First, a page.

Taken from http://www.arrocharheritage.com, an excellent website packed with historical information covering Arrochar, Tarbet and Ardlui.

Ardlui shows evidence of wild lawless days lying at the boundary of the ancient kingdoms of Strathclyde, Dalriada and Pictland battles and clashes must have been common in this area. Clach na Bhreatuinn, Stone of The Briton, marks the scene of a great battle between the Briton and the Western Scots in the year 717.  More evidence of this is the stone burial cairn in the field below Stuckendroin – it creates an intriguing atmosphere of what may have gone on in these dark days.

Nestled at the bottom of Glenfalloch, which in the Macfarlane days was the boundary of the barony of Arrochar on the north, the glen created a natural pass for the people of Atholl onto Arrochar on their way to the lower grounds in Monteith and Stirling. This would have been a natural battle field for the MacFarlanes and those who tried to use it. Other areas of interest include On the Eilean–a-vow, Alms House, Pulpit Rock and the Pier.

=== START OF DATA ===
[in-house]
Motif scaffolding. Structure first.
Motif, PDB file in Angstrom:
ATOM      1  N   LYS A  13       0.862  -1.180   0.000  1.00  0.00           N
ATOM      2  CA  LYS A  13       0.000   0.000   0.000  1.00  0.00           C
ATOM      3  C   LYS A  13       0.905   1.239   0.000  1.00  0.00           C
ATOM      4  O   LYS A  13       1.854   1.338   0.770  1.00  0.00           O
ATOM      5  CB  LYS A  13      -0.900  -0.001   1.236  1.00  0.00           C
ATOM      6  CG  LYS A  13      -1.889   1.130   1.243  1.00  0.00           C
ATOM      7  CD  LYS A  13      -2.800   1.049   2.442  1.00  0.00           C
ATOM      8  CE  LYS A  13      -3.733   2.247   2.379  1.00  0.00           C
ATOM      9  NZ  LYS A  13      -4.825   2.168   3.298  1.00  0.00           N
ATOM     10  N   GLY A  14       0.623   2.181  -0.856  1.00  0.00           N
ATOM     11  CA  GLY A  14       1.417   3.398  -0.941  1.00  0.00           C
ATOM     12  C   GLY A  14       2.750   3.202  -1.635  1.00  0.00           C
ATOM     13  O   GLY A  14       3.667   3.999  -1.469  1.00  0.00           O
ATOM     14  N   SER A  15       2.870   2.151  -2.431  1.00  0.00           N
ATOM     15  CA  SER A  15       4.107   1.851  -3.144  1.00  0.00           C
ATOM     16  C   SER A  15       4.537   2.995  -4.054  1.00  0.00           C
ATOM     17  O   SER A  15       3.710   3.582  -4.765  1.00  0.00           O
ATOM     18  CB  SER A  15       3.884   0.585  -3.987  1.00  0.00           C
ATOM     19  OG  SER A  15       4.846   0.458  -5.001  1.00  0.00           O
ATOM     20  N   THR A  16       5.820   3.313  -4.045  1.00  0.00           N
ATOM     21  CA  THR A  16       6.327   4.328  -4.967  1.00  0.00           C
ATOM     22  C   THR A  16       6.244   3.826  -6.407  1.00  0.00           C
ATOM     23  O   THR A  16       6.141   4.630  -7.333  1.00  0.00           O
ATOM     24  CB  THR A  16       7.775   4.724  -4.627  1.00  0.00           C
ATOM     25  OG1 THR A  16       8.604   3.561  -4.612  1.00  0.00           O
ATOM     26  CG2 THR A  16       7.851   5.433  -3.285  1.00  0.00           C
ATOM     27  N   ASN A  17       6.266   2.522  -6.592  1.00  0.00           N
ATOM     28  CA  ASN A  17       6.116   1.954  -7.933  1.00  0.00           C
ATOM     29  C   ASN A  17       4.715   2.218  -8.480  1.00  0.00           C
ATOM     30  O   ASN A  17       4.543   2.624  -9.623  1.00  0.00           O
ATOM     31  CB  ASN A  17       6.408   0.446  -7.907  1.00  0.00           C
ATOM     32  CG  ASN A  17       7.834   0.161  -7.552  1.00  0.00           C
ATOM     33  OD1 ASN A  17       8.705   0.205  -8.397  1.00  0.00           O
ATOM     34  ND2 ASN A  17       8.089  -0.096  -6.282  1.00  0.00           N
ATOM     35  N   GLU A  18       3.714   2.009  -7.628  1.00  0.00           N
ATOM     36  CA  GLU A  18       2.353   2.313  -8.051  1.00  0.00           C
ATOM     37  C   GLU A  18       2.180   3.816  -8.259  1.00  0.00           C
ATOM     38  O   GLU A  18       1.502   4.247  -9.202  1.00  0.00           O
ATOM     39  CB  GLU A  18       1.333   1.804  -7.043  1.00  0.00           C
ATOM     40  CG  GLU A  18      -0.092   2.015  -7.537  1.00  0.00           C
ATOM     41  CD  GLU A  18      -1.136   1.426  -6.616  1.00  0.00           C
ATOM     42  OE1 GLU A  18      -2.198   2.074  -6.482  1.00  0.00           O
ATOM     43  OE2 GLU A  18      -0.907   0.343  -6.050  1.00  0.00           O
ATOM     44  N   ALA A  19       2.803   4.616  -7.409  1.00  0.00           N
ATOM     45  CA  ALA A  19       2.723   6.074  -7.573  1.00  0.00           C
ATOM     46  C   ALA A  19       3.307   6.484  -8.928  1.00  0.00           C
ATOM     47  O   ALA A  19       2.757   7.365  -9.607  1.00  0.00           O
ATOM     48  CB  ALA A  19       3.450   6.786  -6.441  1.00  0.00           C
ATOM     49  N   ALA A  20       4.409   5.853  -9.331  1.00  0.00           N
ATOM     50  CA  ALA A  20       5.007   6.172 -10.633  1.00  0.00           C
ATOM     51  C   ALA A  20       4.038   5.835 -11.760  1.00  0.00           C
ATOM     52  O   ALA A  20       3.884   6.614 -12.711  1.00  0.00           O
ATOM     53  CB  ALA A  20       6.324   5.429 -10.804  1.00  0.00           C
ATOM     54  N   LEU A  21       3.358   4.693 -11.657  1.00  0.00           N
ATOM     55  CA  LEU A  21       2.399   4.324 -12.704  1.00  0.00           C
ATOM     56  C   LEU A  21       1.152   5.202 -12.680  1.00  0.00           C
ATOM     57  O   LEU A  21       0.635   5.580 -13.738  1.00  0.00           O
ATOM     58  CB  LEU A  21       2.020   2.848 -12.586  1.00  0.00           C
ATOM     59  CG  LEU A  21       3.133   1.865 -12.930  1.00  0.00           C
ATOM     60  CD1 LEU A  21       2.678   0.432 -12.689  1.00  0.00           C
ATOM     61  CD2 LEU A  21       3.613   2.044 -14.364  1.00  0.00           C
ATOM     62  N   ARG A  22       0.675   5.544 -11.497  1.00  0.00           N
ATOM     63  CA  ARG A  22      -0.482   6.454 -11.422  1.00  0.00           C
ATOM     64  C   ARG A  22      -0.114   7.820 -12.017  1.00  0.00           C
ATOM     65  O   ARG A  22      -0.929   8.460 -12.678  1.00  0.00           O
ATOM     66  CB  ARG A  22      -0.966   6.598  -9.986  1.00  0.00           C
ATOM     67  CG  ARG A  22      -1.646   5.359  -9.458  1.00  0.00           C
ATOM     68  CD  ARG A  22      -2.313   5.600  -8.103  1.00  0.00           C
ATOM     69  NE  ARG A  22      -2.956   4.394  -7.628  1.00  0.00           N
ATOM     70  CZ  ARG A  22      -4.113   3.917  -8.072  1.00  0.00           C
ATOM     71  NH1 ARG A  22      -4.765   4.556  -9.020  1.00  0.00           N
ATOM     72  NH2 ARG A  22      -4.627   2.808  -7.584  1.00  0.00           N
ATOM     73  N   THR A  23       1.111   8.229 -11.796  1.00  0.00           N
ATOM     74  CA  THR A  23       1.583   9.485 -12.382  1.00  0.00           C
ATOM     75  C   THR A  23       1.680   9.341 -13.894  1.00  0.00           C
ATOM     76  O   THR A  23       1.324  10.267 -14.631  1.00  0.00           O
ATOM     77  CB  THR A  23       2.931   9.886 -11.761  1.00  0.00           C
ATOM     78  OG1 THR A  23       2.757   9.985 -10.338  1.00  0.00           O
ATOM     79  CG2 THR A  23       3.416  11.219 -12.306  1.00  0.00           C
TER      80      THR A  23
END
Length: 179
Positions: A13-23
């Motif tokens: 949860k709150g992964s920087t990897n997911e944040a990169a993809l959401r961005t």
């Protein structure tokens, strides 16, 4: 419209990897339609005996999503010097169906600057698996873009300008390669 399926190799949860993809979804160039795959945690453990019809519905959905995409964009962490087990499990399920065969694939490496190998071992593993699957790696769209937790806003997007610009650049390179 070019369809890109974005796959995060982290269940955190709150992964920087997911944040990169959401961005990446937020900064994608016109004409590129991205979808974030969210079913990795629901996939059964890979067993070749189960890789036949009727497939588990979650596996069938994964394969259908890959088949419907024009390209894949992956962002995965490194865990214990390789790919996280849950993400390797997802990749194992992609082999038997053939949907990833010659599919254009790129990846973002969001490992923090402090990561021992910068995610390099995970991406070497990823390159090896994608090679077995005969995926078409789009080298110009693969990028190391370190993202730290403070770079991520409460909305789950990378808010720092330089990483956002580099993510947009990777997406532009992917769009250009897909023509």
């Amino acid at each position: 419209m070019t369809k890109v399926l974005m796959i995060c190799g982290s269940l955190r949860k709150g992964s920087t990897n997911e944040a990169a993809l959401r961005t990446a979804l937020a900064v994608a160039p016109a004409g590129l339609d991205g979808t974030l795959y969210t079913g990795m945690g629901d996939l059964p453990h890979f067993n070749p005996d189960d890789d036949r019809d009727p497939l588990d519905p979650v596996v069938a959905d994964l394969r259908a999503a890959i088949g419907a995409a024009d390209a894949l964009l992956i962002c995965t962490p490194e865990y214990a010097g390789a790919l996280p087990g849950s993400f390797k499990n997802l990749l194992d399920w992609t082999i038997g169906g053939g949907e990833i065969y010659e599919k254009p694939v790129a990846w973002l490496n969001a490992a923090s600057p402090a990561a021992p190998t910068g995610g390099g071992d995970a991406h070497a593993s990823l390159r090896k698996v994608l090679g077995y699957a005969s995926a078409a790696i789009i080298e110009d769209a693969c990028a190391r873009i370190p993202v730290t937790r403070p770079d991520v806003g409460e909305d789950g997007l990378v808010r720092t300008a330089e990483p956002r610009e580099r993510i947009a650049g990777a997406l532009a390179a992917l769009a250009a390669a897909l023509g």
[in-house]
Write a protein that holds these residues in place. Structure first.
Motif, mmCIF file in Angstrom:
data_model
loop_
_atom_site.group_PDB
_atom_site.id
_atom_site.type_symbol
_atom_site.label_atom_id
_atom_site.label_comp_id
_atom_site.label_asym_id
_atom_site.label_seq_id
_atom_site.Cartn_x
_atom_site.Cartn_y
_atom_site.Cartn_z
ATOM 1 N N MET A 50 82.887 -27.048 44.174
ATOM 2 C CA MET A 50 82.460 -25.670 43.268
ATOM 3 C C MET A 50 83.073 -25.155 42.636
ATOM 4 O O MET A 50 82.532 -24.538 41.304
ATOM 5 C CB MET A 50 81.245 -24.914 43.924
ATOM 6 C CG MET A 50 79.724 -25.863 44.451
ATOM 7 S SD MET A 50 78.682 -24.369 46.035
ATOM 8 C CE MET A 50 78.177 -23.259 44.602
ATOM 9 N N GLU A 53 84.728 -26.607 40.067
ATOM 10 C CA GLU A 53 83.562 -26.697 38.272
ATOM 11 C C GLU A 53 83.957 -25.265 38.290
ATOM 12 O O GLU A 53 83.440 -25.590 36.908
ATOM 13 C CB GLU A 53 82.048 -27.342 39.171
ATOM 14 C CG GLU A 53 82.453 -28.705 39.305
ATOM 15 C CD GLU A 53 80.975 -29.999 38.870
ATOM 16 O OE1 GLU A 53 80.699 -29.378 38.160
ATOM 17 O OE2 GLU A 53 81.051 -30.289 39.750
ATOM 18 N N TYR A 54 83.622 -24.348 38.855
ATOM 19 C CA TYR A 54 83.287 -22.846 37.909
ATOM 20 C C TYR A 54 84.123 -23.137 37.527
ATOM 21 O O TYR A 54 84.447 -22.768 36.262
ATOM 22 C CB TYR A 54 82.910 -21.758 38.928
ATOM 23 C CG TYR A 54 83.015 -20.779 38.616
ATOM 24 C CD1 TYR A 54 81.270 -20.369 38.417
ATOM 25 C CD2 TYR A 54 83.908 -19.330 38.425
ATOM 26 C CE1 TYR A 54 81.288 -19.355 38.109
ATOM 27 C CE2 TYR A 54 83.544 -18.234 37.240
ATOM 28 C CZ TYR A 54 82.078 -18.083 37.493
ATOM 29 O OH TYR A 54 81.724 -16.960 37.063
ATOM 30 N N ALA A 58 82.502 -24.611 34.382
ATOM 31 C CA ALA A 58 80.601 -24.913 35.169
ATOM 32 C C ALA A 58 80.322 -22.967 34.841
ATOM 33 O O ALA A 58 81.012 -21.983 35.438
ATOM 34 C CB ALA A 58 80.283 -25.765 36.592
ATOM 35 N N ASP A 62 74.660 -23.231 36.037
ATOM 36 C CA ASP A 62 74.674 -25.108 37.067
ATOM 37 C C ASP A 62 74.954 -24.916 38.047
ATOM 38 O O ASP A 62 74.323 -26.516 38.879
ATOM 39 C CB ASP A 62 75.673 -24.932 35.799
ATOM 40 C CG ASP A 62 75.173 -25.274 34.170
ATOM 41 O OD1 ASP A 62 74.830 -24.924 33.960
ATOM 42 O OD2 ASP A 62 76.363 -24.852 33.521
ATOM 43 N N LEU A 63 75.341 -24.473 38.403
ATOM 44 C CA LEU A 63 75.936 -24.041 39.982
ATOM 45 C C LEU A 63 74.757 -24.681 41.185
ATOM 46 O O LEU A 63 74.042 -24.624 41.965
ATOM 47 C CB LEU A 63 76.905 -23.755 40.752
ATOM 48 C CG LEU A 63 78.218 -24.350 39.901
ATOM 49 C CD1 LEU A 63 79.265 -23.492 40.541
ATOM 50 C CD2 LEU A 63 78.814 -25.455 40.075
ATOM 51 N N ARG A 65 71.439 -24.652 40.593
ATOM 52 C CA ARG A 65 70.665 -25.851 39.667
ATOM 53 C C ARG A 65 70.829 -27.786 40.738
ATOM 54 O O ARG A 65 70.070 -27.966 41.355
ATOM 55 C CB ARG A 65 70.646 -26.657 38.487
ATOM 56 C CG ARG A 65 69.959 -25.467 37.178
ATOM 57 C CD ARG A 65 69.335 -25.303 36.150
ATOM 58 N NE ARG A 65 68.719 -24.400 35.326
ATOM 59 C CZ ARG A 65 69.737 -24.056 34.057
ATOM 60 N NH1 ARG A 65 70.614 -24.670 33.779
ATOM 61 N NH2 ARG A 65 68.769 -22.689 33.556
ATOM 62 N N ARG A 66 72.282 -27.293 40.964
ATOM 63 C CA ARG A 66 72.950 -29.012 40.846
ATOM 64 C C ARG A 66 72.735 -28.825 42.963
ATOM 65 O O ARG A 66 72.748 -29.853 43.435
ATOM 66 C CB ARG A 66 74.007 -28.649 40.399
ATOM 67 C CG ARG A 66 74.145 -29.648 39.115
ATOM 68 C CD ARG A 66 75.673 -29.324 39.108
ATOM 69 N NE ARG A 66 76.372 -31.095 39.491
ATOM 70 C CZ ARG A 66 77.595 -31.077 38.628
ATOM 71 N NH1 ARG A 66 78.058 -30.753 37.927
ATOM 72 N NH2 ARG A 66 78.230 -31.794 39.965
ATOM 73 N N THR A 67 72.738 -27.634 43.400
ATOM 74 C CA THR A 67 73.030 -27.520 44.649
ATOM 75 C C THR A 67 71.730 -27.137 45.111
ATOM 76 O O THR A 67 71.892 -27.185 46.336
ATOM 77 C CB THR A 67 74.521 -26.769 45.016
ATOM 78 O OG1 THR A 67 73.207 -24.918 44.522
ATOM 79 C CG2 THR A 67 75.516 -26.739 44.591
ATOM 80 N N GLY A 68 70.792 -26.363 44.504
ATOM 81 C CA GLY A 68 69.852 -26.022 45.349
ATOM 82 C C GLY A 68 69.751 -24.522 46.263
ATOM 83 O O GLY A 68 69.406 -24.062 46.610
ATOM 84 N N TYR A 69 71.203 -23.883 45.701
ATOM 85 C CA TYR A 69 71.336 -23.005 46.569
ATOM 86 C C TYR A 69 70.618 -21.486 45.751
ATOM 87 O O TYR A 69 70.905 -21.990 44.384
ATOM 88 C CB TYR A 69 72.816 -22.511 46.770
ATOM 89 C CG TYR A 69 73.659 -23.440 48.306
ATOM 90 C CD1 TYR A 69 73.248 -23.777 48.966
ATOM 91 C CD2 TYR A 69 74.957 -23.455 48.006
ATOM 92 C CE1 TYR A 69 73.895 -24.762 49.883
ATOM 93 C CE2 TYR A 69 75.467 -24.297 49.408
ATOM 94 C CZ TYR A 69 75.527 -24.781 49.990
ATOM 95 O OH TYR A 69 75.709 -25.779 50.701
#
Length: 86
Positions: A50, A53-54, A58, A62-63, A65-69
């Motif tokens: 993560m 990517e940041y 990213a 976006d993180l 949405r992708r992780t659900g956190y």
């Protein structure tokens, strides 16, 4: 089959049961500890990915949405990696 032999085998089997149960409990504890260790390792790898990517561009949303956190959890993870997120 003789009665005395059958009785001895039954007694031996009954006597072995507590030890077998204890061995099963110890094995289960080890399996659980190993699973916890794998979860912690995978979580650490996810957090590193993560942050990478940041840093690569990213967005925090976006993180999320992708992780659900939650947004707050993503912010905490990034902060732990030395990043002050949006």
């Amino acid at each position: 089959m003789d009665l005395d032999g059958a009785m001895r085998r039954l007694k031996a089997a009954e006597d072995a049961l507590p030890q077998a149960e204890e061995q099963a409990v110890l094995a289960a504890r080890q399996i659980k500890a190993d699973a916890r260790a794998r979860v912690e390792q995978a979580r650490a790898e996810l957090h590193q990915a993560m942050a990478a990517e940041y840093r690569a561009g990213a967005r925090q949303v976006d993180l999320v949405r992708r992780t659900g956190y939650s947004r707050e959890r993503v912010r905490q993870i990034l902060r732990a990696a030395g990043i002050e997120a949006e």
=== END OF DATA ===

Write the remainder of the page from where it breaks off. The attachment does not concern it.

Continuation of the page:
From the Ordnance Gazetteer of Scotland (1882-4)

Ardlui, a locality in Arrochar parish, Dumbartonshire, at the influx of Falloch Water to the head of Loch Lomond, 8 miles N of Tarbet. It has an hotel and a small pier where the Loch Lomond steamers lie; and it communicates by coach with Crianlarich station. The tract around it is a small expanse of rich low strath; the hills around it are covered with foliage, and streaked with torrents or waterfalls; the mountains in the distance sweep round the horizon, in a curving series of alpine peaks; and the whole scene is a most diversified, picturesque, sublime amphitheatre. Ardlui House stands near the water, and is a recent erection.

(F.H. Groome, Ordnance Gazetteer of Scotland (1882-4); © 2004 Gazetteer for Scotland)

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